Carl Beane, the man known to dedicated baseball fans as “The Voice of Fenway Park,” died on Wednesday in a car crash crash after suffering a heart attack in Sturbridge, Massachusetts.
Beane, 59, started his sports broadcasting career in 1972 at WMAS radio station in Springfield. He became the Fenway PA announcer in 2003 after winning a competition, according to a statement from the Boston Red Sox.
On his official website, Beane touted the fact that he had announced the first two games of the 2004 World Series and witnessed the Red Sox claim their first Major League Baseball championship in 86 years.
Baseball fans also hear Carl Bean’s voice as the lead-in of “The Baseball Experience,” a multimedia presentation at the Baseball Hall of Fame in Cooperstown, New York.
“(Carl) adored the opportunity … to contribute to the culture of Fenway Park, a place he loved passionately,” Red Sox President and CEO Larry Lucchino said in the statement.
Beane was driving his 2004 Suzuki when he suffered a heart attack, causing him to lose control of his vehicle. He then collided with a tree and a wall, according to local authorities.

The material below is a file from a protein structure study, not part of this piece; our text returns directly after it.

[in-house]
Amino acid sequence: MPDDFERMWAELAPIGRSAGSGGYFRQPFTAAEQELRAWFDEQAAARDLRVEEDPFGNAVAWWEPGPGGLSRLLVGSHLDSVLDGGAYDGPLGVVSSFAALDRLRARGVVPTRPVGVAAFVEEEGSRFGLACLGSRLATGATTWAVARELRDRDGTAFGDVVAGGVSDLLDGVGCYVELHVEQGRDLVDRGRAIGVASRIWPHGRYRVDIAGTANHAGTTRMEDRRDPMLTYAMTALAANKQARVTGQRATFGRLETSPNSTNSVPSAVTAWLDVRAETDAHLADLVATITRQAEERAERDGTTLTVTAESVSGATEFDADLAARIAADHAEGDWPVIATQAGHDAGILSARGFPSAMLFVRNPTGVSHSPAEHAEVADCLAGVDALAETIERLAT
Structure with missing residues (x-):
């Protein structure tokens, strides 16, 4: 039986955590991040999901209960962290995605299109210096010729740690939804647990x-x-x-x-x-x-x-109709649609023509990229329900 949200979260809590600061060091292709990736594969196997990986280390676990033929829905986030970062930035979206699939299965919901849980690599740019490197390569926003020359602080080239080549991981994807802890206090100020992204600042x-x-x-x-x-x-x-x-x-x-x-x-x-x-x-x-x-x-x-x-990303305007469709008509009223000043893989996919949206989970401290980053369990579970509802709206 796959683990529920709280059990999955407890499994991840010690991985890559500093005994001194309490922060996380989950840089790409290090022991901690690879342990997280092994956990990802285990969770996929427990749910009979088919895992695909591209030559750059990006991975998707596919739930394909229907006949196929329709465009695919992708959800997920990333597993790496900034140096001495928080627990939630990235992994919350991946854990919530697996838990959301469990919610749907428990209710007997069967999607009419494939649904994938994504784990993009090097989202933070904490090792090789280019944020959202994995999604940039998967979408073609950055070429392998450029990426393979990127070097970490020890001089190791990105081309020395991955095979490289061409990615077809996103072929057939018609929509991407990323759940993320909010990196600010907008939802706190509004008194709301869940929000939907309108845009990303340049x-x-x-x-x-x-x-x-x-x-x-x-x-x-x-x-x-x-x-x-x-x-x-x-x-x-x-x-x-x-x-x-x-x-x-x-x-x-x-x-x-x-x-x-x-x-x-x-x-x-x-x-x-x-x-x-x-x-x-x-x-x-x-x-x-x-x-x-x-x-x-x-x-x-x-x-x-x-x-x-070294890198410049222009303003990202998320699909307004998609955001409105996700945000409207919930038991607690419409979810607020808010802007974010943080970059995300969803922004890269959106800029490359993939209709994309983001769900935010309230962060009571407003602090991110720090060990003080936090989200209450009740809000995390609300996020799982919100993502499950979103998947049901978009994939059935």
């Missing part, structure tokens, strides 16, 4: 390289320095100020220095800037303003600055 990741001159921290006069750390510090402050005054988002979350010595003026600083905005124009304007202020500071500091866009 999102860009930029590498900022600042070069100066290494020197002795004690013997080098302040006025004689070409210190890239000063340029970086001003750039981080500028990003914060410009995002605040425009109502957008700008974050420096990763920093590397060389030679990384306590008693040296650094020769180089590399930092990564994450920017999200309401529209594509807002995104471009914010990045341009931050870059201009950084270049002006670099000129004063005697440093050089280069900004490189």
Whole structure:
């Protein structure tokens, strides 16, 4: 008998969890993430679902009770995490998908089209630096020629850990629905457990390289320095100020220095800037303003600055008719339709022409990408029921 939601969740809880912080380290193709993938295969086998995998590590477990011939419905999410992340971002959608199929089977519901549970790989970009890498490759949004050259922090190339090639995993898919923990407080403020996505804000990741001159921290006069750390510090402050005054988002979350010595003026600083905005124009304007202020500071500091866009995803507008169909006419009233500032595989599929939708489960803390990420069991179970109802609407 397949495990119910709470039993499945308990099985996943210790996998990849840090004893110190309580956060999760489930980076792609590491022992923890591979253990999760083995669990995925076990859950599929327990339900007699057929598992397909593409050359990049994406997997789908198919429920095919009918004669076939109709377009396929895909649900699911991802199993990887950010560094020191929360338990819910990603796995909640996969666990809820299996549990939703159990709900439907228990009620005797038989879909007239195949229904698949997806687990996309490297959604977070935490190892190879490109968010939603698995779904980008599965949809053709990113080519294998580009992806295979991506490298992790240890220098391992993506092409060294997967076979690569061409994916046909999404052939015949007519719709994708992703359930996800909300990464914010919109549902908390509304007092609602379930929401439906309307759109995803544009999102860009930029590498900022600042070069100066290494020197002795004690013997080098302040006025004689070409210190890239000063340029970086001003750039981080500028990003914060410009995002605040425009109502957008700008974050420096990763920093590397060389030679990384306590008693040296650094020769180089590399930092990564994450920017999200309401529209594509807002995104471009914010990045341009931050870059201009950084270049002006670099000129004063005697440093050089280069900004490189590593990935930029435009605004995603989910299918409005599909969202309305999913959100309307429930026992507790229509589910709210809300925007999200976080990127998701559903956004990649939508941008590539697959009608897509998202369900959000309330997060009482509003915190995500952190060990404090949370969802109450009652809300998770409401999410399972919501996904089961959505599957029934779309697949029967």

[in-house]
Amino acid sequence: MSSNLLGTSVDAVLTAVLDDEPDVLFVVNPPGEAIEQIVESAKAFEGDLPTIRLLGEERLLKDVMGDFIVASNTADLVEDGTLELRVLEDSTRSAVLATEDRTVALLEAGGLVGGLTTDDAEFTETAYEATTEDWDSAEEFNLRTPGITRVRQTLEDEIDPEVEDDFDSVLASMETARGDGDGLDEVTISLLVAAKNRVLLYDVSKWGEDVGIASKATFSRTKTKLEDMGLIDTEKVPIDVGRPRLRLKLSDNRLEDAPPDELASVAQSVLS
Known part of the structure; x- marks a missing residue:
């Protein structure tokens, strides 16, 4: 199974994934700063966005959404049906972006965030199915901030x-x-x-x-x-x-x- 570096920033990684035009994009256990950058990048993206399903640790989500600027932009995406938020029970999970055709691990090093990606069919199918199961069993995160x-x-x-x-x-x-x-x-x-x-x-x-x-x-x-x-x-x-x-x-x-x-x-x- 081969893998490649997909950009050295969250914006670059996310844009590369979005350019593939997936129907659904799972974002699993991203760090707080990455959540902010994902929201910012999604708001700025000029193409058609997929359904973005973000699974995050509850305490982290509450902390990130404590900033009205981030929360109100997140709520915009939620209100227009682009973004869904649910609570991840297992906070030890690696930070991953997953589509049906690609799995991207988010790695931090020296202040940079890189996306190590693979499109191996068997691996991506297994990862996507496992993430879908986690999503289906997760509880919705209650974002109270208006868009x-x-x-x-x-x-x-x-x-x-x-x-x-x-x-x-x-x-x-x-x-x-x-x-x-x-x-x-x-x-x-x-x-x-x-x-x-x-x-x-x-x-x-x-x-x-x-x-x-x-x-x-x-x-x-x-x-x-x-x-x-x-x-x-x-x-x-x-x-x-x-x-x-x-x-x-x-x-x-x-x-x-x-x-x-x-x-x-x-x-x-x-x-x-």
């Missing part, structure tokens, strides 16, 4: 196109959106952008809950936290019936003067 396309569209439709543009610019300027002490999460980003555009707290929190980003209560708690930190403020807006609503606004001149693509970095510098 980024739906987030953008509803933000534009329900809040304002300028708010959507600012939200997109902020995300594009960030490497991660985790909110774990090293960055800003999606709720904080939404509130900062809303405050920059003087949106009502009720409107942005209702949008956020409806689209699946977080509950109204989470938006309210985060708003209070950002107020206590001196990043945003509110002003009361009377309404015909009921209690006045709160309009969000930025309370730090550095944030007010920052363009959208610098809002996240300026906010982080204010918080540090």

No one else was in the car and no other vehicles were involved in the crash.
Beane was pronounced dead at Harrington Hospital in Southbridge shortly after the accident.
“No one loved his role with the Red Sox more than Carl did his,” Lucchino said.
The Red Sox will hold a tribute to Carl Beane at Fenway Park on Thursday before the team’s against the Cleveland Indians.
“All of Red Sox nation will remember his presence, his warmth, and his voice,” Lucchino said.
Beane’s daughter commented on a video of her father on YouTube, saying:
“RIP Daddy! I love you!!!! To Red Sox Nation you were ‘The Voice’ but to me you were DAD! I am so very proud of you and will be forever!” – NicoleBeane444